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Unemployment Looks Like 2000 Again. But Wage Growth Doesn’t.

Unemployment Looks Like 2000 Again. But Wage Growth Doesn’t.

Trying to solve an economic mystery.

By Ernie Tedeschi

Lots of measures are telling us that the United States labor market is doing well. In some cases, very well.

Most prominently, the unemployment rate has fallen steadily over the last nine years. It dipped to 3.7 percent in September, and it has averaged 4 percent over the past year, the same as it did at the economic peak just before the 2001 recession.

Meanwhile, job openings are at record highs. Although the overall labor force participation rate has been largely flat over the past three years, it is rising when adjusted for the aging of the population. And people long thought to be out of the labor force permanently are coming back in.

So in many ways, the labor market looks like the economic heyday of 2000 and 2001, but in one important way it does not: wage growth.

The government has several wage metrics that take different approaches, each with pros and cons. But virtually all of these agree that wage growth today is much slower now than it was on the eve of the 2001 recession, with its identical unemployment rate.

This is, to put it mildly, a mystery. If workers are as scarce as the unemployment rate and many other measures suggest, employers should be raising wages to compete for them.

The most widely followed wage measures grew at an average of around 2.9 percent over the past year. Wage growth is certainly stronger than in the depths of the recession in 2009 and 2010, and has been gradually increasing since then. But it is still well below the 4.2 percent average right before the 2001 recession.

So why has wage growth slowed since 2001, across many different measures, when unemployment is so low?

We can rule out two possible reasons immediately. It wasn’t because of a decline in inflation, and it wasn’t because benefits like health insurance and hiring bonuses crowded out wages.

As with wages, the government has many different inflation measures. But none that we analyzed have slowed by nearly enough since 2001 to explain the weakness in wage growth; some have even increased a bit.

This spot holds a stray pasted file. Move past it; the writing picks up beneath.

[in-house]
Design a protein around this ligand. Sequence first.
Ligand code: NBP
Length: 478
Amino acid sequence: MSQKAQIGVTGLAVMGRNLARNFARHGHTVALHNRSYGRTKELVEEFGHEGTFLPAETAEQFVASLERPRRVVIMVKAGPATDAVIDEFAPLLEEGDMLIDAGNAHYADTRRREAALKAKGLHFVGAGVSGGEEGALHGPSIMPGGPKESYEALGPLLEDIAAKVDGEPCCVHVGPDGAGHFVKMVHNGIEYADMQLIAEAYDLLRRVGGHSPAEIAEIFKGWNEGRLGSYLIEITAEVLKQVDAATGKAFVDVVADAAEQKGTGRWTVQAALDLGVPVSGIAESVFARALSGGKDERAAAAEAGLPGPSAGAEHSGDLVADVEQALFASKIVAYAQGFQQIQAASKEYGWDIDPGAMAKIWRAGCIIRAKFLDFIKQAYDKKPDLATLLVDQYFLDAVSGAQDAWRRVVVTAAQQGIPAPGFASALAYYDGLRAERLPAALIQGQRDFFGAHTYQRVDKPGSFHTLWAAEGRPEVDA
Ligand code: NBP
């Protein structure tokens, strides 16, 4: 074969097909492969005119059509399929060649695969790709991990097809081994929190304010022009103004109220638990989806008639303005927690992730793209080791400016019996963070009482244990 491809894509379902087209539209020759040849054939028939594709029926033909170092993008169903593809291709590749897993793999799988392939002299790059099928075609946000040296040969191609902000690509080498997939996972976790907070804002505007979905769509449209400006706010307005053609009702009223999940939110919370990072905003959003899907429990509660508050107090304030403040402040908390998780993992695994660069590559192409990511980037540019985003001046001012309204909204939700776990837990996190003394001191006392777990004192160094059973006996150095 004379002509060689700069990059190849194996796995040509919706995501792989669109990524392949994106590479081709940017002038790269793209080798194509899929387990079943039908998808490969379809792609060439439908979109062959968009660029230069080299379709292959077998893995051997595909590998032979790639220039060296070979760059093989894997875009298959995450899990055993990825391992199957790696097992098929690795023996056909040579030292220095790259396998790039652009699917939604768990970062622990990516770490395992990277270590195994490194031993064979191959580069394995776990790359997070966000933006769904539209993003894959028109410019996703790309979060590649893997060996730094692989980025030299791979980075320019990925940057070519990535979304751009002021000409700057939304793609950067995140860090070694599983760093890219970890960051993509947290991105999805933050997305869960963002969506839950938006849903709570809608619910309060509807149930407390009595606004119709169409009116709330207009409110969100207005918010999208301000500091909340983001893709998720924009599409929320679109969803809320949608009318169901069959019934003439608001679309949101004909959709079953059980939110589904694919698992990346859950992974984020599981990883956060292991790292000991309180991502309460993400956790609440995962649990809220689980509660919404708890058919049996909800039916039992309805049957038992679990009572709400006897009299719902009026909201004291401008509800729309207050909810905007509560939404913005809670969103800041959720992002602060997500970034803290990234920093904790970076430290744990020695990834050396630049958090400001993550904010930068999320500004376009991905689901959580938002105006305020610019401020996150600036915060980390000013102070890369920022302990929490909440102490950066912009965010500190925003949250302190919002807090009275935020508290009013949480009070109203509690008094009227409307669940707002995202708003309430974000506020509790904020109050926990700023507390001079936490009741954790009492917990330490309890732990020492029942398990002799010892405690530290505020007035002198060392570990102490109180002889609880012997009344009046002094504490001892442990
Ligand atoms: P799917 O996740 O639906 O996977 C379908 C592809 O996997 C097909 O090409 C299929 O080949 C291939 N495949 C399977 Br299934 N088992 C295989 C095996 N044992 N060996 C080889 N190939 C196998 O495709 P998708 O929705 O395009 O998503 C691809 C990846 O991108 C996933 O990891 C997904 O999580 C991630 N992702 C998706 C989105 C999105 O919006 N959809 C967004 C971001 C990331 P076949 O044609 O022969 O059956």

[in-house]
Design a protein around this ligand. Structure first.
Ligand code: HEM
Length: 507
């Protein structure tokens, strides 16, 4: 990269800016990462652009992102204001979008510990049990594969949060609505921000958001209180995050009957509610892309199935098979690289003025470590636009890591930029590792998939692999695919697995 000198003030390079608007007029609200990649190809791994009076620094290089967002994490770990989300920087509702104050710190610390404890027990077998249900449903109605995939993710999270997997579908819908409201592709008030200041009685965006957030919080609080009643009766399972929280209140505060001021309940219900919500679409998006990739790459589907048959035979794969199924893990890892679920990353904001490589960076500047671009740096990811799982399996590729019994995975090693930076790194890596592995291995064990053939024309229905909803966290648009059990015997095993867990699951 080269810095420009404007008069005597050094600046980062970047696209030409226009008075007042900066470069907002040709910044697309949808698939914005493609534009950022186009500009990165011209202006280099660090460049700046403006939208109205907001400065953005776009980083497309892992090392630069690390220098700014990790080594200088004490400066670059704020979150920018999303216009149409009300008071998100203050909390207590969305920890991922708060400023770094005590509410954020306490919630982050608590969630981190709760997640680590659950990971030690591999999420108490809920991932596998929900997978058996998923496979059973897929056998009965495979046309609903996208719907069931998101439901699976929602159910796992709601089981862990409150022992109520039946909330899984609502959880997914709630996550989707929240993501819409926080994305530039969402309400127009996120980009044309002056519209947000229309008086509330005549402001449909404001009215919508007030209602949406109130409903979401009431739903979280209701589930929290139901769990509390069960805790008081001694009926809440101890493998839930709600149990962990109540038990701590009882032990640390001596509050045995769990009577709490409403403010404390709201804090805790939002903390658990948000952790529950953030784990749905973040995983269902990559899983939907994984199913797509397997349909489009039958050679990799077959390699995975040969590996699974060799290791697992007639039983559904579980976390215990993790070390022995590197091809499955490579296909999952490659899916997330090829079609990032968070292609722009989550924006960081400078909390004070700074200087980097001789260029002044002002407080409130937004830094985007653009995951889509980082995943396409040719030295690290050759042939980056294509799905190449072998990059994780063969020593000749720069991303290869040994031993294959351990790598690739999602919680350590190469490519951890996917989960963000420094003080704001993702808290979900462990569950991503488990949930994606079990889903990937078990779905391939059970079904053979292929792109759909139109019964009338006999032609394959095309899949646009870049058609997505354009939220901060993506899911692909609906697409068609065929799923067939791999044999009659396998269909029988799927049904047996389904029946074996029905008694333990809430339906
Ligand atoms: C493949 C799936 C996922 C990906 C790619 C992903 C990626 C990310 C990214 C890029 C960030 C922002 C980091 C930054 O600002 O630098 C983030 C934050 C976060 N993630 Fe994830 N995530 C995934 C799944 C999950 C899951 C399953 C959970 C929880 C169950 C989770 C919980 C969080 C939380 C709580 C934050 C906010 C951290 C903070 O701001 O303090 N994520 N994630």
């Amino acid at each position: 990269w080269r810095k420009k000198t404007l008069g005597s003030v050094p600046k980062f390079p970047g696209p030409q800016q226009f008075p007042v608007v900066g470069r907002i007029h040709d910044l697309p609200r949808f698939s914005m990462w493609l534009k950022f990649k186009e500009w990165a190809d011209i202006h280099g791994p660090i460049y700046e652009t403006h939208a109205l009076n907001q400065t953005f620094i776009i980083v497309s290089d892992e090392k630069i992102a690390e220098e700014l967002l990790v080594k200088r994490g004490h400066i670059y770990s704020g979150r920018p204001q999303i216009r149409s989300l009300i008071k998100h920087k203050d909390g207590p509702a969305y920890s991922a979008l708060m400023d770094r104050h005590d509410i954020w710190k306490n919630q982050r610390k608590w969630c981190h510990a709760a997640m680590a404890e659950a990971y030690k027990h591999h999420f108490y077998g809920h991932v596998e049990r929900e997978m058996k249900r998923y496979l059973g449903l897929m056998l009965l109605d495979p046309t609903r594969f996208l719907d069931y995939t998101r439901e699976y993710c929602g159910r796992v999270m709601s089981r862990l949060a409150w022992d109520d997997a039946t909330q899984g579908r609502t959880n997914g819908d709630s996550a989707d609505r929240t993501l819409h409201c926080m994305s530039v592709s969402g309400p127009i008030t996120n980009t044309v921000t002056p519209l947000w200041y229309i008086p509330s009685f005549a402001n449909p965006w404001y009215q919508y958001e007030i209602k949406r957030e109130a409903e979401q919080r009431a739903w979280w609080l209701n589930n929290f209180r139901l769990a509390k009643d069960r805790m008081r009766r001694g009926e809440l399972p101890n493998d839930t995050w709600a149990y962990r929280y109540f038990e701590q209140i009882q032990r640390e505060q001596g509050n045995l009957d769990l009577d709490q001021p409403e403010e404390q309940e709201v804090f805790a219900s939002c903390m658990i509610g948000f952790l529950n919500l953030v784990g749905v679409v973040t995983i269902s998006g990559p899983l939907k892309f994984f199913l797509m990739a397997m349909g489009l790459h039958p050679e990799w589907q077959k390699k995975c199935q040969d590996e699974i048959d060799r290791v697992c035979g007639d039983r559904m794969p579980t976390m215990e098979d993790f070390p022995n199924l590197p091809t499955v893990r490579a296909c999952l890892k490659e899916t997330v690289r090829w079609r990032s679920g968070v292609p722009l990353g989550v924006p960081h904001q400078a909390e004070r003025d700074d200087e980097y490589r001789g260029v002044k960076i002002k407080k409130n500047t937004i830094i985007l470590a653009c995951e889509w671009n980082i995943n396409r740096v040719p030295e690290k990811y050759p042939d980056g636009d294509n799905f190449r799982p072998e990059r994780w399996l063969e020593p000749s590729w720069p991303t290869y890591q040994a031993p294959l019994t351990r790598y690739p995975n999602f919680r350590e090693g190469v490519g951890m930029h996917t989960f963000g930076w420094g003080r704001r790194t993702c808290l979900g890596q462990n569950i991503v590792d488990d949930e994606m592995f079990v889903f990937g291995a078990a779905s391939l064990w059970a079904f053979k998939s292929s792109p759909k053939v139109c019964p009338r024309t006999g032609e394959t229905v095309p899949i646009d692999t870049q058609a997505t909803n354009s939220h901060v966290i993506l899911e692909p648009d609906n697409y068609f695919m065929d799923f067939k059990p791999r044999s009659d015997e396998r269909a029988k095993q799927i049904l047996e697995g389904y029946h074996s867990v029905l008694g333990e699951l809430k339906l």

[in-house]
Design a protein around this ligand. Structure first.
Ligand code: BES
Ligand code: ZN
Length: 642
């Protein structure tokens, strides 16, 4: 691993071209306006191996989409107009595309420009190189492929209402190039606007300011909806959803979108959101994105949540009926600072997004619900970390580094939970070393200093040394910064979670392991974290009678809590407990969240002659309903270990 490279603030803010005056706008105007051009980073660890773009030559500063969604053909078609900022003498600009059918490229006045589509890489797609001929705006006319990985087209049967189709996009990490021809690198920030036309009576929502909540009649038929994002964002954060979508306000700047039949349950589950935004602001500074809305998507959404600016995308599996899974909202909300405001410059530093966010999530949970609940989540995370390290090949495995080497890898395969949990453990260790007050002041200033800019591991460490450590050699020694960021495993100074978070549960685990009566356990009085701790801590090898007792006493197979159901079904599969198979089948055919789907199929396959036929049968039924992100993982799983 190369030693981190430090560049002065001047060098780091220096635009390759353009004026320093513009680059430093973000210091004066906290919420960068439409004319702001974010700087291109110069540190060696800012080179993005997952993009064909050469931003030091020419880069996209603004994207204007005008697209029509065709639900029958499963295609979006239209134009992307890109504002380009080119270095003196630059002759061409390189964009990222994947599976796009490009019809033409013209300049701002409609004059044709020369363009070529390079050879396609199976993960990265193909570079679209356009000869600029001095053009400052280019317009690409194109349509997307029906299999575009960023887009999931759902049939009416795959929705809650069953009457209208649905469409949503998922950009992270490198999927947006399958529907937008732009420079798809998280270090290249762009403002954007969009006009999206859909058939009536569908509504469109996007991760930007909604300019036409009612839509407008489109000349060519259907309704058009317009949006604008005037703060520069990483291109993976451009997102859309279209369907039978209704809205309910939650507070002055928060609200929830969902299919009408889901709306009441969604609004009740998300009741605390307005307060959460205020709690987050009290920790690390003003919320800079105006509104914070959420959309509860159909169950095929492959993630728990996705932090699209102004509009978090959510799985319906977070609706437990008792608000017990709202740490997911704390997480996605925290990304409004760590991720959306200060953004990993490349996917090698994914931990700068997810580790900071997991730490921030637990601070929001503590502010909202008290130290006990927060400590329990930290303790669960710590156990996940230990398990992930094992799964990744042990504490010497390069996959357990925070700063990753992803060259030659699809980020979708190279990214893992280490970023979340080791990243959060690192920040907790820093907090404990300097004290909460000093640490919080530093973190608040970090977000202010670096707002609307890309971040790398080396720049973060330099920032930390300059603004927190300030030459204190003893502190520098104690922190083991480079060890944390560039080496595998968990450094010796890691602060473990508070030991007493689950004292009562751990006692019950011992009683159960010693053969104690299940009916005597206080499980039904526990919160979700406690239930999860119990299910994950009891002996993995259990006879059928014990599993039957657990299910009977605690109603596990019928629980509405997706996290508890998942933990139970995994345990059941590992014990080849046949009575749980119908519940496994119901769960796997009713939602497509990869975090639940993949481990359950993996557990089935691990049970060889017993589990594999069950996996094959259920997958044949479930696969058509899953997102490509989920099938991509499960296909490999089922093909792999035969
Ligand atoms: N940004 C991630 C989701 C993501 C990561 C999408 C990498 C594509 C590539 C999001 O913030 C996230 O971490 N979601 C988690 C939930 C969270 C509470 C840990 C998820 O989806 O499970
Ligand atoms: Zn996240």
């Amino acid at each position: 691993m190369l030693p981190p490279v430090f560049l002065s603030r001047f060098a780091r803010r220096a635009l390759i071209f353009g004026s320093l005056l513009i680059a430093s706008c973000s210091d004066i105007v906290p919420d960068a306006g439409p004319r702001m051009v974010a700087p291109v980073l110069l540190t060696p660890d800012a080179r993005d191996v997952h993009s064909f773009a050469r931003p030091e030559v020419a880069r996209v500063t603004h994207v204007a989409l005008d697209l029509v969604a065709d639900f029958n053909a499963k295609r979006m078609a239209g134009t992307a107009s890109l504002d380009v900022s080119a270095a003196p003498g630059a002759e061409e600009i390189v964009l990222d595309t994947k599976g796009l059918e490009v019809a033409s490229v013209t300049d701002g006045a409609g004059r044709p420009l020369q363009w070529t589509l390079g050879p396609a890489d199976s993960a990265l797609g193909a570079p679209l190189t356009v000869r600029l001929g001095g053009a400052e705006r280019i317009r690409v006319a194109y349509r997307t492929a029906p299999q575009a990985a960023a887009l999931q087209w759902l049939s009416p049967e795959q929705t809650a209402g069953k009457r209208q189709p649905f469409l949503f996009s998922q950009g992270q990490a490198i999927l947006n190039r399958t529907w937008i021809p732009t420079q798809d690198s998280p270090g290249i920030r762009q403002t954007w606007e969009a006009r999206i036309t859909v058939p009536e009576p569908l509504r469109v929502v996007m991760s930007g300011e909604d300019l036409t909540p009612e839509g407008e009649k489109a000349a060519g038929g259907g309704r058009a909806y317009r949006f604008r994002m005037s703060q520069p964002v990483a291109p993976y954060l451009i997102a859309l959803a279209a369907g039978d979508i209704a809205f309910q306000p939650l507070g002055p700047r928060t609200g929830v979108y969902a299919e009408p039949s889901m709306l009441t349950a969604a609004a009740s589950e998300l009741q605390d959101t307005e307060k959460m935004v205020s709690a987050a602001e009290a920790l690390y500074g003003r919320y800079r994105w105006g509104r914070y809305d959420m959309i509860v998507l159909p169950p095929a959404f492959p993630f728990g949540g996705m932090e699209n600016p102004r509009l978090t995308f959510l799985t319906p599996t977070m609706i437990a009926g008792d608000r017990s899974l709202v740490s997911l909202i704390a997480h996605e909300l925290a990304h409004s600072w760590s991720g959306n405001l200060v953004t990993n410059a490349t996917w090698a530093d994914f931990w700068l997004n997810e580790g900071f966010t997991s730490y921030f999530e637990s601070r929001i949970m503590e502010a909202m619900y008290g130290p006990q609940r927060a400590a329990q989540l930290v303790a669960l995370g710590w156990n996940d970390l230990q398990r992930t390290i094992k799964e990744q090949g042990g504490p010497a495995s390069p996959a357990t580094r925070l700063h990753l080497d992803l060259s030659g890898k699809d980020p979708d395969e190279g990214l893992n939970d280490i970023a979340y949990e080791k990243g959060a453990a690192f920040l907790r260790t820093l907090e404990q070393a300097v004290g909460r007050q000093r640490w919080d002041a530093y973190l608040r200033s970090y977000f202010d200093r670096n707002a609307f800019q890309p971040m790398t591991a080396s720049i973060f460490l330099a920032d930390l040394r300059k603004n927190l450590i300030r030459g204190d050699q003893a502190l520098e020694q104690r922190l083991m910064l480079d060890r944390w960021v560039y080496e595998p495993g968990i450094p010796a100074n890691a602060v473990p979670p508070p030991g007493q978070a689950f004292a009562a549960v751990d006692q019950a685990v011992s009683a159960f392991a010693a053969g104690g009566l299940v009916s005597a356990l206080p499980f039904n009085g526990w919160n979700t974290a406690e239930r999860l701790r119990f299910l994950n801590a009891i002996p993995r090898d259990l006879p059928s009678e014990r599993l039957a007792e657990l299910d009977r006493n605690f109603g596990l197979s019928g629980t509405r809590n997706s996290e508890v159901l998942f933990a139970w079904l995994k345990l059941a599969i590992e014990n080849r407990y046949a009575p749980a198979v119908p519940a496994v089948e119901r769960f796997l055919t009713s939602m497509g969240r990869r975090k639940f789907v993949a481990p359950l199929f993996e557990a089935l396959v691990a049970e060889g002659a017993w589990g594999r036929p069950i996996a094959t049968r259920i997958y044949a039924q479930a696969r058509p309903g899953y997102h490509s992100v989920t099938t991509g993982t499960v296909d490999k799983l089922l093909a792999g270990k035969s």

And government data suggests that measures of pay growth that include nonwage benefits are also below their 2001 levels. Moreover, the fastest growth in nonwage benefits was before 1994; in recent years, the nonwage share of compensation has grown more slowly.

Another possibility is that slower wage growth is simply a side effect of the changing composition of the American work force since 2001 — for example, a work force that is older than it used to be.

But this hypothesis is also mostly wrong. Using the Current Population Survey to calculate wages across a variety of demographic and labor market categories — including age, sex, education and race/ethnicity — we find that wage growth is consistently slower now than in 2001.

It’s only when we begin to split up the data by geography that we find a group for whom wages have recovered to their 2001 pace — and in fact, now exceed it: nonmetro workers in the West South Central census division (Texas, Oklahoma, Arkansas and Louisiana).

Why might rural workers in these particular states be seeing such strong wage growth? One possibility is the boom in American oil and natural gas production driven by the shale revolution. Several shale basins traverse these four states.

Supporting this theory: If we look at wage growth by the industry of the worker, mining and extraction stands out as being the only one where typical wage growth is above 2001 levels.

Economists do not agree on what’s driving lower wage growth, but they have several hypotheses.

One is that there’s more slack in the labor market today than the unemployment rate suggests. Slack is essentially the shortfall between the amount of work the economy could be supporting and the amount it actually is.